21 Dec How has the Real Estate Market Shifted in 2021?
Looking back over the last two years, we have seen a lot of changes take place in the Housing Market. From the way houses are sold to mortgage rates, from home values to inventory, it is clear that the market has adapted to the many shifts that have taken place. The pandemic being a driving force behind new patterns and consumer behavior, these changes may be more permanent than we first imagined. What are some of the shifts that caused a major impact to the real estate industry this year? What will fade away and what is here to stay?
Expert Predictions for 2022
Working from home has become a major shift that seems to be around for good. Spending more time at home has caused homeowners to reevaluate what is important in their living space, and a home office has become a necessity for many workers. The pandemic has prompted more people to cook their own food, garden, and enjoy their leisure time at home. As a result of these factors, along with the rise of monthly rent, living within city limits has become less of a necessity. Potential homebuyers expanded their search to the suburbs for more affordable homes with extra space. To this extent, the length of homeowners staying in their homes has seen movement. For homeowners, the amount of years spent in a home went from 10 years to 8 years on average. For new home buyers, the tenure is up to 12 years or longer according to the National Association of Realtors.
Lawrence Yun, chief economist for the NAR states: “mortgage rates will drift higher as the Fed scales back the purchase of the mortgage-backed securities and raises short-term interest rates, which are likely to hit 3.7 percent by the year-end 2022 on a 30-year rate after hovering at 3 percent for most of 2021.” The increase in rates will create the slow down in rising home prices. This could bring more optimistic opportunities for first-time buyers to secure a home rather than get bought out of the market.
With more Millennial homebuyers moving from the sidelines and into the market, with GenZ not far behind, high buying demand is expected to sustain. Inventory will continue to be on close watch in 2022.
Available inventory is moving towards normalcy but industry professionals see it taking a long time to reach pre-pandemic levels. Supply will continue to slowly increase. Single-family home starts are expected to see a small uptick of five percent in availability. Homebuilders continue to ramp up production in 2022 to meet demand. Supply chain issues and shortage in labor will bring delay and challenges to new home construction.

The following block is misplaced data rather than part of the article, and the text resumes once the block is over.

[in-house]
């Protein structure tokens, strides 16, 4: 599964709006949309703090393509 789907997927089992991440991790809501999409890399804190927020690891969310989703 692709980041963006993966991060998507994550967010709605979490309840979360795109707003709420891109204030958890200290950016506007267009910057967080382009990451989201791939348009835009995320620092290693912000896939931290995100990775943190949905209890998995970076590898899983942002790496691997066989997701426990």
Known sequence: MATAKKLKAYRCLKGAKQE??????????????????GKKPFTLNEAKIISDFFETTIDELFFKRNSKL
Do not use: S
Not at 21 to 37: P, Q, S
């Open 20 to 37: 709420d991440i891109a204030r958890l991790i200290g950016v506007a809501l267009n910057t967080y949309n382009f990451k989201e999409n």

Between rising mortgage rates and home prices, affordability will continue to be a challenge alongside supply through next year.
Home prices increased to historic highs in all markets across the nation for 16 consecutive months. Prices reached almost 20 percent gain year over year. By quarter four this year, major markets began to see home price growth cool off — typical during this time in a standard market. Though the spring and summer market created a 19.5 percent gain from September 2020 to September 2021, there was only a slight 1.18 percent jump on a monthly basis for September. Industry leaders’ forecasts are on a wide scale: Sources like Zillow, Goldman Sachs, Freddie Mac, and Fannie Mae lean on the higher end, ranging from 7 to almost 14 percent gain next year. While others like Realtor.com, CoreLogic, and Redfin only predict a 1.9 to 3 percent climb. Experts find increasing prices unlikely to sustain into 2022, but only time will tell where home prices will go.
The only safe conclusion is that unpredictability will continue to lead the housing market. It is important to connect with your real estate and mortgage professionals for the most up to date research in your local market. Stay knowledgeable on your personal finance and refine your homeownership goals so that you can be prepared through whatever the market may bring.
*This article is intended to be accurate, but the information is not guaranteed. Please reach out to us directly if you have any specific real estate or mortgage questions or would like help from a local professional. The article was written by Sparkling Marketing, Inc., with information from resources like Fortune, MarketPlace, Forbes and Yahoo News.